Women, Let’s Create Our Own Wealth
When superstar Cher’s mom asked her why she hadn’t settled down and married a rich man, her reply was, “Mom, I am a rich man.” I thought about this quote last week when my own mom showed me an advice column from the Sunday paper with the headline, “I can’t stop chasing ‘impressive’ men.”
A woman in her late 30s requested advice on how to end her string of failed relationships. The gist of the problem was this: I want a relationship, but I can’t get one to stick. I seem to only be attracted to men who are doing something "impressive," like having a high-paying job or an executive title. These men do not want a serious relationship with me and it hurts my self-esteem.
My mom showed me the column because I, too, focused on a man’s resume and not his character. Doing this led to disappointment at best and brutal heartbreak at worst. It was the hope of understanding my own heartbreak that led me to become a research psychologist who studies human behavior from an evolutionary perspective.
Here’s a basic tenant of evolutionary psychology: If you notice a behavior that you feel compelled to engage in repeatedly — whether you think it's good (helping your neighbor carry groceries), bad (eating too many chocolates), or in between — chances are you inherited that behavioral tendency from prior generations because the behavior helped your ancestors survive (attraction to fatty foods) and reproduce (being helpful to others attracts mates).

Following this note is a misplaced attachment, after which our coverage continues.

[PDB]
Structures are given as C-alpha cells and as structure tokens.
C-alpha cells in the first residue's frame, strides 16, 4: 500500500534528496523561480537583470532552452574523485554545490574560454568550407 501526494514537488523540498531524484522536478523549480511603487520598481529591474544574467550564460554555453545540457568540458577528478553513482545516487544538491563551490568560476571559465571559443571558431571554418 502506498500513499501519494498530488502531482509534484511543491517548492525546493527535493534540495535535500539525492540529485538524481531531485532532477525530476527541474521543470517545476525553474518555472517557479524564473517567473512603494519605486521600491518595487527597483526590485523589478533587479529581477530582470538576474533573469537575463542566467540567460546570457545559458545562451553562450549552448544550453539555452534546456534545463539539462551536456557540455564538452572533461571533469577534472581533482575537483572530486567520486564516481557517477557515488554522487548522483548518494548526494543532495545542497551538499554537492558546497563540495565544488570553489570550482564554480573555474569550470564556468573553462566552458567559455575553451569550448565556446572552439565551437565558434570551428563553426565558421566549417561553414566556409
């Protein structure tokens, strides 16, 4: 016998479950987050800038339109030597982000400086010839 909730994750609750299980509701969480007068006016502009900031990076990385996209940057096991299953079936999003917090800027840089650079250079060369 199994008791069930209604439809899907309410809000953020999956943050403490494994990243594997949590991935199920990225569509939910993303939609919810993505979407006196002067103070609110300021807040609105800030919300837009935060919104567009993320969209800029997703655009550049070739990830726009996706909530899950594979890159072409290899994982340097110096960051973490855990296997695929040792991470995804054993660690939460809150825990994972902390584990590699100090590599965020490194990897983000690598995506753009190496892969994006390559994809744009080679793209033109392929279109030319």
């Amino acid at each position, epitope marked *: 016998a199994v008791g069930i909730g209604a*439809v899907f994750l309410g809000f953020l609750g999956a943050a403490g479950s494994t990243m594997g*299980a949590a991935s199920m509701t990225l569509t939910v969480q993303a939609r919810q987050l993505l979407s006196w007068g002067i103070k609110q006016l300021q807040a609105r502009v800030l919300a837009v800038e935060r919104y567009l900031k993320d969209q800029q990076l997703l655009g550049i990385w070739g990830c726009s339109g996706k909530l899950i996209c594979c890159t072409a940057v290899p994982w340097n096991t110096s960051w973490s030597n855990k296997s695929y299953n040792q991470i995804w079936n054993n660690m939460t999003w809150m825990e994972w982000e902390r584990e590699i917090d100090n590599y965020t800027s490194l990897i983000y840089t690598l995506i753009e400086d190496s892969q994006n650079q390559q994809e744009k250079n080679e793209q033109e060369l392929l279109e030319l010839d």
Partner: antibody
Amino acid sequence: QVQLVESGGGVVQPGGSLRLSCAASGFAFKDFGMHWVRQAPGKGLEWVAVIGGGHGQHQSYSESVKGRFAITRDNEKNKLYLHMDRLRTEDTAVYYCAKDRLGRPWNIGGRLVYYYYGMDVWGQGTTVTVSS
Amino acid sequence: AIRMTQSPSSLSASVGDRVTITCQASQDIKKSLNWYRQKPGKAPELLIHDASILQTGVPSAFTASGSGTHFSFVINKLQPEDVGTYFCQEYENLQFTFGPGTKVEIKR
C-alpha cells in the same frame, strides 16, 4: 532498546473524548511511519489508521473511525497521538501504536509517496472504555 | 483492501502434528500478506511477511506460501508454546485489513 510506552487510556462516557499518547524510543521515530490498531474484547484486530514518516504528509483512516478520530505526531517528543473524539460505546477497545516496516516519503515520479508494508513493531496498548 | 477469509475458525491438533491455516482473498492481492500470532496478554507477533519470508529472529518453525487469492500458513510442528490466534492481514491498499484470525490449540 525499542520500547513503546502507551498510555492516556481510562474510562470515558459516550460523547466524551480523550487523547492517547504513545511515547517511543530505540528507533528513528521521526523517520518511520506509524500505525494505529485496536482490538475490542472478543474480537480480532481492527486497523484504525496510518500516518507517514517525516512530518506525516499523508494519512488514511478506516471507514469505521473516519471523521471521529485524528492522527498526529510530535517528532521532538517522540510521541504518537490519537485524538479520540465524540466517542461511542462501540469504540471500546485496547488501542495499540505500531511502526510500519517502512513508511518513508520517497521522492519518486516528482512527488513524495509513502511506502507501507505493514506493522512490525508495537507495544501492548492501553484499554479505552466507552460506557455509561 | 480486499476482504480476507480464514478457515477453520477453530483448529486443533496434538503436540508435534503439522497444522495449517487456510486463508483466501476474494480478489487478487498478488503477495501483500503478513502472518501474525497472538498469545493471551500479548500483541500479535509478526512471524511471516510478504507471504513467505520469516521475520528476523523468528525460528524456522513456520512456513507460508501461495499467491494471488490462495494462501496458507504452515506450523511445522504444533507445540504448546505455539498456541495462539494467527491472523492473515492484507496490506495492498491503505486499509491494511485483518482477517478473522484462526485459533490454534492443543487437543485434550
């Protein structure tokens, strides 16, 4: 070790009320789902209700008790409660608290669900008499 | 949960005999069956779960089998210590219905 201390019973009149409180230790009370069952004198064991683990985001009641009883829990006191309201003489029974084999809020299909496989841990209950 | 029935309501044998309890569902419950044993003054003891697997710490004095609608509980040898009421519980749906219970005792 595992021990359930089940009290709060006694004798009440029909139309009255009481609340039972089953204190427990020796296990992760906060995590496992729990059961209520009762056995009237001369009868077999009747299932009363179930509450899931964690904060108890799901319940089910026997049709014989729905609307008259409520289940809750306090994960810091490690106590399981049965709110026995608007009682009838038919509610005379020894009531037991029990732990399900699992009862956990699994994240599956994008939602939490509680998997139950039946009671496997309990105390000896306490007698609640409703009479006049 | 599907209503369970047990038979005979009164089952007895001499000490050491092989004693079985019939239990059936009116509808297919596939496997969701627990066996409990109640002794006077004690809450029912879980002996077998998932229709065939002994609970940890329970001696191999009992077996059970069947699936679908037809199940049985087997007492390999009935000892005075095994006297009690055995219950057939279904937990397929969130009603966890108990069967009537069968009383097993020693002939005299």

Perhaps not surprisingly, prioritizing a man’s resume over his character, or even his looks, led to better outcomes for women thousands of years ago during the time of human brain evolution. A woman’s survival, and that of her children, increased if a man of high status — meaning someone with wealth, but also influence and respect in society — liked her and wanted to protect and invest in her.
This was particularly true through most of human history, when a few successful men controlled most of the resources — and disease, warfare, and predators were rampant, yet food was scarce and medicine nonexistent. The motivation to swing for the fences and fall for “impressive” men, however our culture or upbringing defines them, is pre-programmed into our DNA.
You might be thinking that a man can be financially successful AND be kind, warm, and faithful. Absolutely. But, because we are wired to focus on what was most critical for 99% of human existence — a man’s status and ability to provide — the other qualities easily become an afterthought. We often do not consider whether a man has a kind heart, or whether we are authentically attracted to him, until it is too late.
So we stay involved in a relationship — or the remnants of a relationship — hoping the man we’ve chosen will “get better” or “learn” over time. (Side note: Because it is so hard to find a guy who “has it all,” women’s brains also evolved to use indirect manipulation strategies to train our boyfriends and shape them into total-package dreamboats, but these strategies are definitely not foolproof).